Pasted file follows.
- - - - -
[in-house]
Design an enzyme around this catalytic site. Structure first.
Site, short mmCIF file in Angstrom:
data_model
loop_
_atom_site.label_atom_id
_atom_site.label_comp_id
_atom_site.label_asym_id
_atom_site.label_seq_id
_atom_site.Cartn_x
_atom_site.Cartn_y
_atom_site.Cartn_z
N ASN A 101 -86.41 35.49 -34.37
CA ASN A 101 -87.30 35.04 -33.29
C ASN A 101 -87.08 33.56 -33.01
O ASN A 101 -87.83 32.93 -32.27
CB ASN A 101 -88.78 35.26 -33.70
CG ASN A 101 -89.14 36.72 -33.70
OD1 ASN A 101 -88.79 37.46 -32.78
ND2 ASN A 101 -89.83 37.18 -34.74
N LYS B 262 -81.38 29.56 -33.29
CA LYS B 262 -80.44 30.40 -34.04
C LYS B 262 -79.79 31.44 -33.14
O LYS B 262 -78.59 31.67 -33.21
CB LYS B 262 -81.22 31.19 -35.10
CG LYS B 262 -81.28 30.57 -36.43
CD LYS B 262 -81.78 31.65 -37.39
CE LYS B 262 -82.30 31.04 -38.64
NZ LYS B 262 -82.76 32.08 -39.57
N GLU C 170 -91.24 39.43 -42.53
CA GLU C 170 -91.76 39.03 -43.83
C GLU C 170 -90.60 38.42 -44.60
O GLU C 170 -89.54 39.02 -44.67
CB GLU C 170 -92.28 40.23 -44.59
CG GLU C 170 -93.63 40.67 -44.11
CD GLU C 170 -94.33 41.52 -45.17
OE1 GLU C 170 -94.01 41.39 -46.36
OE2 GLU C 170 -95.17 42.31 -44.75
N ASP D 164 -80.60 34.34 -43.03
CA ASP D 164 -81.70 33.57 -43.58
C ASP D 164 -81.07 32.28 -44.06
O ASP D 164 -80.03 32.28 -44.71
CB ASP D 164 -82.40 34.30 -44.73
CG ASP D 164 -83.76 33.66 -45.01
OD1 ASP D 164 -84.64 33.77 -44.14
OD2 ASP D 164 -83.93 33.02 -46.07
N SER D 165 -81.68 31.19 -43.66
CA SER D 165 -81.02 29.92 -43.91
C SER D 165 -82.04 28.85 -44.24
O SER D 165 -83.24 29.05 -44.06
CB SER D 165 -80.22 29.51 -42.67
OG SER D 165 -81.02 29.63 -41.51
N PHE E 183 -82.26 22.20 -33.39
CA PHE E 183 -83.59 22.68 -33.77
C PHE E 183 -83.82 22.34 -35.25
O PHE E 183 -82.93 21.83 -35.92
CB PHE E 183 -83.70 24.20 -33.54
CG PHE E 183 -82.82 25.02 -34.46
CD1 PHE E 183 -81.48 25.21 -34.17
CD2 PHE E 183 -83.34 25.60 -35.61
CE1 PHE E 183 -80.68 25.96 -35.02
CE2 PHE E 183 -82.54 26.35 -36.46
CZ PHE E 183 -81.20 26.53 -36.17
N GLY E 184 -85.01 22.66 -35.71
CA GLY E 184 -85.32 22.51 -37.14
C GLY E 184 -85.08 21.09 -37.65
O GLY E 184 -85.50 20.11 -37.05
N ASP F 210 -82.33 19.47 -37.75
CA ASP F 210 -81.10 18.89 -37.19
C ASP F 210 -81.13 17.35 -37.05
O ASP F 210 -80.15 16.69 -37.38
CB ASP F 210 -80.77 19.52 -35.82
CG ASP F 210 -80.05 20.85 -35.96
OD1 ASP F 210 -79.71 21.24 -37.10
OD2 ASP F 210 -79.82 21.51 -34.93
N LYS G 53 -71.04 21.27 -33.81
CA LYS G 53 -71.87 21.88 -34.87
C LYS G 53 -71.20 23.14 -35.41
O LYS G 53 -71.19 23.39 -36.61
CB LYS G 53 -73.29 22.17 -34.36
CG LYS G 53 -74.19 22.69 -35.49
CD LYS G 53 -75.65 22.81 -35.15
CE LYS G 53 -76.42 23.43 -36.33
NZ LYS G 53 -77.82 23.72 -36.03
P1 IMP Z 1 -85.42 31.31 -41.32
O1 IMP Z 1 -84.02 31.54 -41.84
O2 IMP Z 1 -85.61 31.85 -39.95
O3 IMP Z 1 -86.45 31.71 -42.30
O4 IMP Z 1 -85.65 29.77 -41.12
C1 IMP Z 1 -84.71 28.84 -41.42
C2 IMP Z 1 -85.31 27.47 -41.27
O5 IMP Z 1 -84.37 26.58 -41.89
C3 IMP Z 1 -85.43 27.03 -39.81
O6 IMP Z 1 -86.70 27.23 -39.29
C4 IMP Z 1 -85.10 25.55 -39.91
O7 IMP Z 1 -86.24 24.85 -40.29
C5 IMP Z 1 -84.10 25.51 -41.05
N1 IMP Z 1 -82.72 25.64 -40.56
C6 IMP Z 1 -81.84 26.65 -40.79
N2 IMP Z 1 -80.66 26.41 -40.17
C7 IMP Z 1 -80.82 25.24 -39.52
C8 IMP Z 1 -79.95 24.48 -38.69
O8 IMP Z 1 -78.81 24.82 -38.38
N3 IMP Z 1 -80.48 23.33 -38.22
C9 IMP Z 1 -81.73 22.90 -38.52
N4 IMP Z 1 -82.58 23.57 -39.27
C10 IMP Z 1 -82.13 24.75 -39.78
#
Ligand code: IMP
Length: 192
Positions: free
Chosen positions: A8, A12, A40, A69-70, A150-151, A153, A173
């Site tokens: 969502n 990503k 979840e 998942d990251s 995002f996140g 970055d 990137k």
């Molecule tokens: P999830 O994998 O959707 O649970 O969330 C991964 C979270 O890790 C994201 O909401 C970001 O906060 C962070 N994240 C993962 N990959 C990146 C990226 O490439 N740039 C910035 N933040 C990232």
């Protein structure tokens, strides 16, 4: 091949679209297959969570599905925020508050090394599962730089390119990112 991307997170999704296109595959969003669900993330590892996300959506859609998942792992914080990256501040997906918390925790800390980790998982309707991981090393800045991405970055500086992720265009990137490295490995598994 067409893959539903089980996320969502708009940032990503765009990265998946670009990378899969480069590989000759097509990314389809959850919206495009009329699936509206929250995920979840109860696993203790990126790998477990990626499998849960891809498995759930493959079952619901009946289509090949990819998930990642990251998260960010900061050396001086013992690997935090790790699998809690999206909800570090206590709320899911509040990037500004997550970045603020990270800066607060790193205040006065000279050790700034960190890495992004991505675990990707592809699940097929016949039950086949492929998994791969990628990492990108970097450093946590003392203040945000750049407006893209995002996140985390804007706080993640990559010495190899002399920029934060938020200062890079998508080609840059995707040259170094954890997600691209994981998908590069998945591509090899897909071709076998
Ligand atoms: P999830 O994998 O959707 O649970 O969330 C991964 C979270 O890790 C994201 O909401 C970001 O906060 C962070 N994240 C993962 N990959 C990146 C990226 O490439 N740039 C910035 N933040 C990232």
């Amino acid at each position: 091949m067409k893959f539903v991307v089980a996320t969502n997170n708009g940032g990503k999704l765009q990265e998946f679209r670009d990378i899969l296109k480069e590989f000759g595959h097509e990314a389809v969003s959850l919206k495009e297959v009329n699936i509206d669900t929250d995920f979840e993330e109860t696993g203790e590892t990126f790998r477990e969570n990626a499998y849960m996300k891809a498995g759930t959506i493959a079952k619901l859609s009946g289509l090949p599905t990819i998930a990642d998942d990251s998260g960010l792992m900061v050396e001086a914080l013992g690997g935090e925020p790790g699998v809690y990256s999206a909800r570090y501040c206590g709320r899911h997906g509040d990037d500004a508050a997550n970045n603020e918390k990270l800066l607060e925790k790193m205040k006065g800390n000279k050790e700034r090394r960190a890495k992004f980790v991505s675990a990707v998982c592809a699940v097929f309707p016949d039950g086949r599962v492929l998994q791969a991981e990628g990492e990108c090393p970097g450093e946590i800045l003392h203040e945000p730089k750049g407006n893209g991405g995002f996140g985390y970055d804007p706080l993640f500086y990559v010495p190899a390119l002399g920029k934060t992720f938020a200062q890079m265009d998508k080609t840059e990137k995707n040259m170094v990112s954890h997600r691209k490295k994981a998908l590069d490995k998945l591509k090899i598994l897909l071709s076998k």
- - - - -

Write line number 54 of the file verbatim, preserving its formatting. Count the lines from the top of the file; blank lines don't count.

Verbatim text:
CA PHE E 183 -83.59 22.68 -33.77